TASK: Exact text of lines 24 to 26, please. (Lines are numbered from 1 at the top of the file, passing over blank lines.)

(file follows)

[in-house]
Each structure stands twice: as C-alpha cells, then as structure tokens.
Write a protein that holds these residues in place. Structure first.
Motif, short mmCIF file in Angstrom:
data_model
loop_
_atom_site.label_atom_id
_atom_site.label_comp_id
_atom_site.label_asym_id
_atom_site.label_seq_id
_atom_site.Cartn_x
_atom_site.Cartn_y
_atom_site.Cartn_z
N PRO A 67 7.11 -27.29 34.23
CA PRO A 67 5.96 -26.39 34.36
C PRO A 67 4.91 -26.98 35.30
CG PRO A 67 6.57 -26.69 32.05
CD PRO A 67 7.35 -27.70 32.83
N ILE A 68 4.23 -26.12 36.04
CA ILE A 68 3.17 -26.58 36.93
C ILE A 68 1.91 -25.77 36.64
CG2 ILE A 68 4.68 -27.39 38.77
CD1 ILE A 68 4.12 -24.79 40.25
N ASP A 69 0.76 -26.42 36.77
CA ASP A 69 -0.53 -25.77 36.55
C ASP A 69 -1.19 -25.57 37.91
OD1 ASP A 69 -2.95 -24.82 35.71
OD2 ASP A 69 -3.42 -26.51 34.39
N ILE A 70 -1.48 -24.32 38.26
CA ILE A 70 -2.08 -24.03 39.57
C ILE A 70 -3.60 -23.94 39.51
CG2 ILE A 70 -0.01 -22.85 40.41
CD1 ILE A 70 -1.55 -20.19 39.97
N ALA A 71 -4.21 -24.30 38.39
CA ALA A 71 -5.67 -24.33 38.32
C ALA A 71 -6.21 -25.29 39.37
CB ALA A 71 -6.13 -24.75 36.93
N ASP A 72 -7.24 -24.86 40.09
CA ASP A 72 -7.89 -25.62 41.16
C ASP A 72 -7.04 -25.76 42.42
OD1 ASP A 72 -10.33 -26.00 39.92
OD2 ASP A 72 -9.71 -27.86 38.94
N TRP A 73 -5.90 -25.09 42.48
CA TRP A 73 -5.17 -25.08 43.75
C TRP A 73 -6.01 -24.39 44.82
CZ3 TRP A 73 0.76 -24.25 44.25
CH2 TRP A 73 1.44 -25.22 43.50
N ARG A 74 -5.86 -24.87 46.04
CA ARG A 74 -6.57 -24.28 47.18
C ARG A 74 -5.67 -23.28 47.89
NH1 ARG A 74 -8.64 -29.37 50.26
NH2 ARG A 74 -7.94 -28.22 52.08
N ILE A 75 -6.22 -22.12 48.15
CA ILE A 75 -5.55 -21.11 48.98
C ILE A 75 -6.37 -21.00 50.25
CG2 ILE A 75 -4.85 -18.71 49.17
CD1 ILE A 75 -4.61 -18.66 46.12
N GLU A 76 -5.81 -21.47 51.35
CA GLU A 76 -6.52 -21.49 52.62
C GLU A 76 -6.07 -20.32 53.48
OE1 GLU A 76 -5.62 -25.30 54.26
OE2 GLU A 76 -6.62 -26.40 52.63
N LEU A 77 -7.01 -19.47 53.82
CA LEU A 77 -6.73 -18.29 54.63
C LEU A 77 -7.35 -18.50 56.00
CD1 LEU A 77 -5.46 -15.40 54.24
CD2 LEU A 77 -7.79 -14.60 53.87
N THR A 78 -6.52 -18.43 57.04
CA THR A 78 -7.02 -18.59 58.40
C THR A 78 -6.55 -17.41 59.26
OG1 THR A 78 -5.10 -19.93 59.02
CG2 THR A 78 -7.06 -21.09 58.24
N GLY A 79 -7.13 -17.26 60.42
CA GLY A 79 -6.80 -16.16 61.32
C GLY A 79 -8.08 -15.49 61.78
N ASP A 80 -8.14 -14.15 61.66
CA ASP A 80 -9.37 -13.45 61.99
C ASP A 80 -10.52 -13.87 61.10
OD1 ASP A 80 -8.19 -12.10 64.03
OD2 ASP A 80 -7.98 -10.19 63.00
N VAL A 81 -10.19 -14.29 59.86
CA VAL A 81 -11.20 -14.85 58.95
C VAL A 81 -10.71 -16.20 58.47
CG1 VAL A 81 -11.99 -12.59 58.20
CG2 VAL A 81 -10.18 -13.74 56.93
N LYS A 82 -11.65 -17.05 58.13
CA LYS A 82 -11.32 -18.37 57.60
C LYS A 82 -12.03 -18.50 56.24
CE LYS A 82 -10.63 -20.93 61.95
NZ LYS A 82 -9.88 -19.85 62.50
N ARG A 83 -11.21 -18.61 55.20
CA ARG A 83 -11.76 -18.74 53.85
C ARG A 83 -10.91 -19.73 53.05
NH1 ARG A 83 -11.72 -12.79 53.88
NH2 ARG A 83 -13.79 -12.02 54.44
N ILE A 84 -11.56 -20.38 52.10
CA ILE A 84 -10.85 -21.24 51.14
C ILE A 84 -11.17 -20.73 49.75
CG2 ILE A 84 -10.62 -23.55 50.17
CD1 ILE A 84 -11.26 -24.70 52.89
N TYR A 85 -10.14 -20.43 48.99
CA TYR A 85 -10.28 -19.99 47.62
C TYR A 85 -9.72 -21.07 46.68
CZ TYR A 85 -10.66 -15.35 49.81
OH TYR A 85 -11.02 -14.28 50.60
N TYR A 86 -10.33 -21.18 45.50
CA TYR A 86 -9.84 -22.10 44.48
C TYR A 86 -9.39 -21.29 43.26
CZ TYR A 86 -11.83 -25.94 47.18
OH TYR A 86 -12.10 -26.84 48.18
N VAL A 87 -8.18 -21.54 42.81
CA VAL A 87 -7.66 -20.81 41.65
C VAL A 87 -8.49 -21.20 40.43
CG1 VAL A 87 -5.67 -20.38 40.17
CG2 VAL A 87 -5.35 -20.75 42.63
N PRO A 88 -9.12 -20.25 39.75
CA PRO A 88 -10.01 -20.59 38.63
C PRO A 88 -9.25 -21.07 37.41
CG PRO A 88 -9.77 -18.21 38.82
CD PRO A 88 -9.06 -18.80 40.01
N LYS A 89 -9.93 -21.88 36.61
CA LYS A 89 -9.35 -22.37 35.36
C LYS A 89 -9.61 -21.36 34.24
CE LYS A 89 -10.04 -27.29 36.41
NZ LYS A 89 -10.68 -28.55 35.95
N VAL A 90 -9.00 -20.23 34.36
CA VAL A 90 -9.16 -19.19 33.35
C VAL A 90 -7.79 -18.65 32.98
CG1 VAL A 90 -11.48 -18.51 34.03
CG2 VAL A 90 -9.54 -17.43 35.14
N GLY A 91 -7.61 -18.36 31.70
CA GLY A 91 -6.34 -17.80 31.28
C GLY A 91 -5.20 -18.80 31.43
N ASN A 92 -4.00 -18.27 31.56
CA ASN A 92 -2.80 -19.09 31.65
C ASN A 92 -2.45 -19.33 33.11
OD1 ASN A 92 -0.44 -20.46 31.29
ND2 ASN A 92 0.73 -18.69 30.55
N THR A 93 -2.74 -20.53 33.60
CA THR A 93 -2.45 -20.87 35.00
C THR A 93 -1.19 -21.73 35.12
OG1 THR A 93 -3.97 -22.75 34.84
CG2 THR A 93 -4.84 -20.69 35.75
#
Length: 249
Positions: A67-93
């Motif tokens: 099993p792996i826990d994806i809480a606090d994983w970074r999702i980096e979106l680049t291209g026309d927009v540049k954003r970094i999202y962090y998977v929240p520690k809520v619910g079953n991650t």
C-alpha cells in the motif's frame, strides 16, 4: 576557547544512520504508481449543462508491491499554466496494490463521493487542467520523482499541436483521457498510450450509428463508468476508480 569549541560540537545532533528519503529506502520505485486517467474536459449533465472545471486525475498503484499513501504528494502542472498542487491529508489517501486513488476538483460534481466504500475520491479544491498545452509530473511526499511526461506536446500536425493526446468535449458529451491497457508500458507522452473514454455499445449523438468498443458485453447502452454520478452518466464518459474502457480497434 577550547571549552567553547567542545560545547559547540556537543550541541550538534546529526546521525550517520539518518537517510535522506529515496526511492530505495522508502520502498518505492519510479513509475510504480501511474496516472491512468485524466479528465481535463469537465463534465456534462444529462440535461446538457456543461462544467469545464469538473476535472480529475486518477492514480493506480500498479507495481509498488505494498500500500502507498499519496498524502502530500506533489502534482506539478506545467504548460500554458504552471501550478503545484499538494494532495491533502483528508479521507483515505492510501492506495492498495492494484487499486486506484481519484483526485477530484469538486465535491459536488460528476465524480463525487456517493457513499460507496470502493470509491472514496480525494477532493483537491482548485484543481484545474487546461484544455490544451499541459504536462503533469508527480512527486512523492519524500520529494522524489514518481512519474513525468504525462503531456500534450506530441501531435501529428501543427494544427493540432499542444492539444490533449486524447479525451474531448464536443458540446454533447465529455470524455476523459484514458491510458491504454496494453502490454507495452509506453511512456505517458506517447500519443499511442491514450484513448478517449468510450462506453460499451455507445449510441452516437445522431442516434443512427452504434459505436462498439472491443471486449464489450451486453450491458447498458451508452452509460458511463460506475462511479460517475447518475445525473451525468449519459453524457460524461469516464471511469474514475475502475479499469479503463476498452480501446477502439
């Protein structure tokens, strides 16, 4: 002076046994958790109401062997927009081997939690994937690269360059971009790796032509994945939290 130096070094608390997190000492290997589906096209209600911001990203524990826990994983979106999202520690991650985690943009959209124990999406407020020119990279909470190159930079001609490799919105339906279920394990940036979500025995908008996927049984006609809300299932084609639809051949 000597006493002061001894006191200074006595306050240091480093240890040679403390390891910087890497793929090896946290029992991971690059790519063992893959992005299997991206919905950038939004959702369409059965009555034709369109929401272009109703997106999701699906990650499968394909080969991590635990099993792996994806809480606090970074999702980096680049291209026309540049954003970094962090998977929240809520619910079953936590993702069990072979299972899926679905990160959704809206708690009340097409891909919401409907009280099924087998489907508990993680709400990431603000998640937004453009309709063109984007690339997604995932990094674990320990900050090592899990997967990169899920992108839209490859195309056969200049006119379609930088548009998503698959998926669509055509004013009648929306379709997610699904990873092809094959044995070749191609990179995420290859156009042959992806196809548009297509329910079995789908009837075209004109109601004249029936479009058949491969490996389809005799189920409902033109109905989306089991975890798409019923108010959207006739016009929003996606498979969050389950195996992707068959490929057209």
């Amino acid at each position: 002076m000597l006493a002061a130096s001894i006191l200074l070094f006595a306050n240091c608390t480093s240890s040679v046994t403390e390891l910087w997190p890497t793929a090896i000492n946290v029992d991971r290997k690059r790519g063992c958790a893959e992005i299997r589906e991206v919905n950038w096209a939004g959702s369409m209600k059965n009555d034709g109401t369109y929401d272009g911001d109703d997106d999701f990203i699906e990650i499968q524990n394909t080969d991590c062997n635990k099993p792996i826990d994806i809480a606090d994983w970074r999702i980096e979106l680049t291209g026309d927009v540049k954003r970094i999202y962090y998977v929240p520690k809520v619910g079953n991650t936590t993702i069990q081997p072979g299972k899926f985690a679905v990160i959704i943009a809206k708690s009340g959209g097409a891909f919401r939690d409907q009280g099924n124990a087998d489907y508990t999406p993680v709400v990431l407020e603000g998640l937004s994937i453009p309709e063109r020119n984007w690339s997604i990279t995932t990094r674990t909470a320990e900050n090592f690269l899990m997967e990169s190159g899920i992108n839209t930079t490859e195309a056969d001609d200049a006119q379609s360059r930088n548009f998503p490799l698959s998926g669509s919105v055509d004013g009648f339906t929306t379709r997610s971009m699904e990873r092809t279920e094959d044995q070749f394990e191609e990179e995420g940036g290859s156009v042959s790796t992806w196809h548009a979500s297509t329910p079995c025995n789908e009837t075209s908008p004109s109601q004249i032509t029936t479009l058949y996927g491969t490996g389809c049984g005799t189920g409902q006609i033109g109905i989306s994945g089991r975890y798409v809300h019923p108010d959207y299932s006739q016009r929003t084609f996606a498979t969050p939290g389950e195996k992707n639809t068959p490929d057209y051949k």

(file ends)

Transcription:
N ASP A 69 0.76 -26.42 36.77
CA ASP A 69 -0.53 -25.77 36.55
C ASP A 69 -1.19 -25.57 37.91